Photo: Chris Owens/INDYCAR

Power’s Driving Irate Hunter-Reay and Rahal at Road America

By Luis Torres, Staff Writer

As the old saying goes – Lap 1, Turn 1 creates chaos. The old phrase came at full song when Ryan Hunter-Reay and Graham Rahal became victims of Will Power’s aggressive moves in Sunday’s REV Group Grand Prix at Road America.

The first one out was Hunter-Reay, who was sandwiched between Scott Dixon and Graham Rahal before getting drilled by Power in Turn 1.

The “wrecking ball” move as Hunter-Reay described it, sent him out of control and wound up stuck in the gravel which ended his day.

Once he saw the replay for the first time, Hunter-Reay voiced his displeasure on the accident.

“I got nailed from behind. I don’t know where (Will) was going,” said Hunter-Reay. “It seems to be driving a little bit desperate today. He’s been a wrecking ball so far.

“We could’ve had plenty of time to battle this thing out today, but it is what it is. We’ll move on to Iowa for the doubleheader.”

Hunter-Reay’s exit brought out the full course caution, but the madness continued in Turn 3 as Graham Rahal’s day was also cut short following a side-by-side battle with Power that resulted into mayhem.

The two made contact, making Rahal’s No. 15 Fifth Third Bank Honda loose and tangled with Felix Rosenqvist, who ended up winning the 55-lap race.

The sudden contact sent Rahal straight into the infield grass where the left front clobbered the tail end of the concrete wall. The brutal impact broke the wall, but Rahal was able to get out of his car unharmed. His spirits on the other hand, were damaged as he came into Sunday’s race fifth in points and high expectations of winning.

“We had hope for a good day, but it’s disappointing to see desperation moves like that early in the race,” said Rahal, who dropped to ninth in the championship trail. “That is what it is and we’re okay from the head. I think everything did its job and we’ll go from there.”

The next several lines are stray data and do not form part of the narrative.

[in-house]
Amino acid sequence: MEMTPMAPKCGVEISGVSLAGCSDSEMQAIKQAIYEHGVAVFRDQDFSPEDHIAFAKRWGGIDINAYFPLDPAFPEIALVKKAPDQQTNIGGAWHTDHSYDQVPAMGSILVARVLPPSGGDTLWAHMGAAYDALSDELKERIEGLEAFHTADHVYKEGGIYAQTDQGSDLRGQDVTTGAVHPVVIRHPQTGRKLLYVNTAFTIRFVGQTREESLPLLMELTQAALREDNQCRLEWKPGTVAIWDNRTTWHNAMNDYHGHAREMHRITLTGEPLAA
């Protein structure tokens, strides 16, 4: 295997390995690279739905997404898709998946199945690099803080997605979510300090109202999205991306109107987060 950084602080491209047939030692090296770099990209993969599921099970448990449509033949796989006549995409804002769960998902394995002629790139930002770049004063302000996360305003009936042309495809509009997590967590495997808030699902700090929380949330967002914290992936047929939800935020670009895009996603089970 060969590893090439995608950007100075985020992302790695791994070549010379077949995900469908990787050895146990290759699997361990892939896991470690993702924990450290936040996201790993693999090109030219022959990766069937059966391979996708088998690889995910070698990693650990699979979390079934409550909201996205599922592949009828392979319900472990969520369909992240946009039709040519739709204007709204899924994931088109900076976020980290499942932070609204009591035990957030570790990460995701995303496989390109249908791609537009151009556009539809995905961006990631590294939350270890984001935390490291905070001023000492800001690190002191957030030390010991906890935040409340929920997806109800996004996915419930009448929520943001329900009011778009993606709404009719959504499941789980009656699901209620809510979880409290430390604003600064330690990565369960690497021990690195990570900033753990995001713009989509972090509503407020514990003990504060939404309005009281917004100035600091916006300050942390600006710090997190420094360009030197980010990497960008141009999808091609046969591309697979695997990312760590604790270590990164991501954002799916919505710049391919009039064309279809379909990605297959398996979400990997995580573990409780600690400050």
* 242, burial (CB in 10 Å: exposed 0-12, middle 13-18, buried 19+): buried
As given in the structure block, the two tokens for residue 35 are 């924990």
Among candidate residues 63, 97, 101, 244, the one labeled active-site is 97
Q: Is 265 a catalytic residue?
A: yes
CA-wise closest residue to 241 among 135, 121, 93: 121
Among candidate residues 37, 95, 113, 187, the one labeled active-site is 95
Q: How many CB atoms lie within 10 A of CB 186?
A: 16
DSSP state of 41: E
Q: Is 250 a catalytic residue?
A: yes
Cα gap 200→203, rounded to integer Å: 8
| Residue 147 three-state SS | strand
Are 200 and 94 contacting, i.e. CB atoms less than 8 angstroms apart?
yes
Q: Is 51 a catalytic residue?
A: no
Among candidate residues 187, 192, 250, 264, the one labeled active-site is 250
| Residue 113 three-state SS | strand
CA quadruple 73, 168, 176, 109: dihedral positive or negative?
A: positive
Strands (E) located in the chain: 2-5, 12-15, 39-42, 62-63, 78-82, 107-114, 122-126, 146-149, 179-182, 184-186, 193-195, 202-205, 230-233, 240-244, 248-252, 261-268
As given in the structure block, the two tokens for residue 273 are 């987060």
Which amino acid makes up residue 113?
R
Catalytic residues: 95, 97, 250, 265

Once everyone caught a breather, it was the end of days for two drivers in a span of three corners due to Power’s troubles from their eyes. INDYCAR Race Control penalized Power for avoidable contact on Lap 4, requiring him to restart at the tail end of the field.

“I don’t really agree with the penalty from early in the race,” Power on the penalty. “I felt that was just a racing deal.”

On the other hand, Rahal felt the penalty for Power was what he deserved.

“He took Ryan out and me,” Rahal on Power’s penalty. “It’s frustrating because again it’s a desperation move. I’ve made them before, so I know it well. It’s disappointing because I thought we had a really good chance today. Some guys were very aggressive on the start and I wanted to be one of them. It just didn’t quite work out.”

Hunter-Reay said today wasn’t a characteristic of Power’s driving style and will ask him about the ordeal at a later time.

“It’s not very like him. I mean, he finally had a better day yesterday so he’s getting back up in points. It’s a long season ahead and he’s got to do something to catch Dixon. I’m not really sure what’s going on, but you can’t win the whole thing in the first corner,” Hunter-Reay on Power.

“He hit me and took Graham out. I’m not sure what’s going on there, but I’ll give him the benefit of the doubt. Maybe he’s feeling a little bit off today.”

On Lap 6, Power had an excursion in Turn 13 where his No. 12 Verizon Wireless Chevrolet hopped the curve, taking down a REV Group sign before ending up stationary in the grass.

The second and final full course caution brought some delight to the two retirees, but Power was able to continue his rough race. Even taking a turn leading the race from Laps 17-20 before finishing 11th.

“I made a mistake and ran off the track, and we had to make another stop for another wing change,” said Power. “Just not the day we needed for the Verizon Chevrolet. Got a podium yesterday but just didn’t have it today.”

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From the Pacific Northwest, Luis is a University of Idaho graduate with a Bachelor's degree in Broadcasting and Digital Media. Ever since watching the 2003 Daytona 500, being involved in auto racing is all he's ever dreamed of doing. He's also covered Idaho Athletics and high school football as both a writer and videographer. Additionally, he spent 2017 writing several racing columns as an independent journalist. Luis does video and photography, and is a fan of Seattle sports, a music critic and a motivator who wants to impact people's lives.